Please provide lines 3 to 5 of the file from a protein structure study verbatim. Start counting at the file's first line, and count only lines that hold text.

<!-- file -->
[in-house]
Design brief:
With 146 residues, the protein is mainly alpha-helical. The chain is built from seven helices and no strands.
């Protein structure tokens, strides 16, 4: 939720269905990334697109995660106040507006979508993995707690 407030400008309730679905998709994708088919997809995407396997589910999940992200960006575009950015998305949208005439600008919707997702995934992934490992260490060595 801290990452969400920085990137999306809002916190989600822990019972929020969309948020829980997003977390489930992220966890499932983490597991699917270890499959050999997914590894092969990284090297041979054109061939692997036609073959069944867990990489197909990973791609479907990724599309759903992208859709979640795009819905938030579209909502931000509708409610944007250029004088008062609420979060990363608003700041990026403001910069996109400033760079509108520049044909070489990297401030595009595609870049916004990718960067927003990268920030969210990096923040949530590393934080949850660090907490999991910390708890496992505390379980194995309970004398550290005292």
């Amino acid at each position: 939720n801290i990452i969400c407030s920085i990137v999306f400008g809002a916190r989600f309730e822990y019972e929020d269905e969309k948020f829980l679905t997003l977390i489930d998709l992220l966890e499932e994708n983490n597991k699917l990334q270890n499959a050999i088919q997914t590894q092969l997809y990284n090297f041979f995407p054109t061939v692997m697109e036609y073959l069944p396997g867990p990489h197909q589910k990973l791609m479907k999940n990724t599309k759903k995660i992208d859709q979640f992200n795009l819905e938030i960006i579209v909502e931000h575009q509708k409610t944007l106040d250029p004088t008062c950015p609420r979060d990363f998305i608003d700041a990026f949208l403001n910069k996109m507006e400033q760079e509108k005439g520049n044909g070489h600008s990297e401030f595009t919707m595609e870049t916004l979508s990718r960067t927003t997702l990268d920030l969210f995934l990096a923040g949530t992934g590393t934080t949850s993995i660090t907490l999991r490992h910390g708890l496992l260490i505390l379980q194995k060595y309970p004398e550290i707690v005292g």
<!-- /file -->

With 146 residues, the protein is mainly alpha-helical. The chain is built from seven helices and no strands.
């Protein structure tokens, strides 16, 4: 939720269905990334697109995660106040507006979508993995707690 407030400008309730679905998709994708088919997809995407396997589910999940992200960006575009950015998305949208005439600008919707997702995934992934490992260490060595 801290990452969400920085990137999306809002916190989600822990019972929020969309948020829980997003977390489930992220966890499932983490597991699917270890499959050999997914590894092969990284090297041979054109061939692997036609073959069944867990990489197909990973791609479907990724599309759903992208859709979640795009819905938030579209909502931000509708409610944007250029004088008062609420979060990363608003700041990026403001910069996109400033760079509108520049044909070489990297401030595009595609870049916004990718960067927003990268920030969210990096923040949530590393934080949850660090907490999991910390708890496992505390379980194995309970004398550290005292």
């Amino acid at each position: 939720n801290i990452i969400c407030s920085i990137v999306f400008g809002a916190r989600f309730e822990y019972e929020d269905e969309k948020f829980l679905t997003l977390i489930d998709l992220l966890e499932e994708n983490n597991k699917l990334q270890n499959a050999i088919q997914t590894q092969l997809y990284n090297f041979f995407p054109t061939v692997m697109e036609y073959l069944p396997g867990p990489h197909q589910k990973l791609m479907k999940n990724t599309k759903k995660i992208d859709q979640f992200n795009l819905e938030i960006i579209v909502e931000h575009q509708k409610t944007l106040d250029p004088t008062c950015p609420r979060d990363f998305i608003d700041a990026f949208l403001n910069k996109m507006e400033q760079e509108k005439g520049n044909g070489h600008s990297e401030f595009t919707m595609e870049t916004l979508s990718r960067t927003t997702l990268d920030l969210f995934l990096a923040g949530t992934g590393t934080t949850s993995i660090t907490l999991r490992h910390g708890l496992l260490i505390l379980q194995k060595y309970p004398e550290i707690v005292g």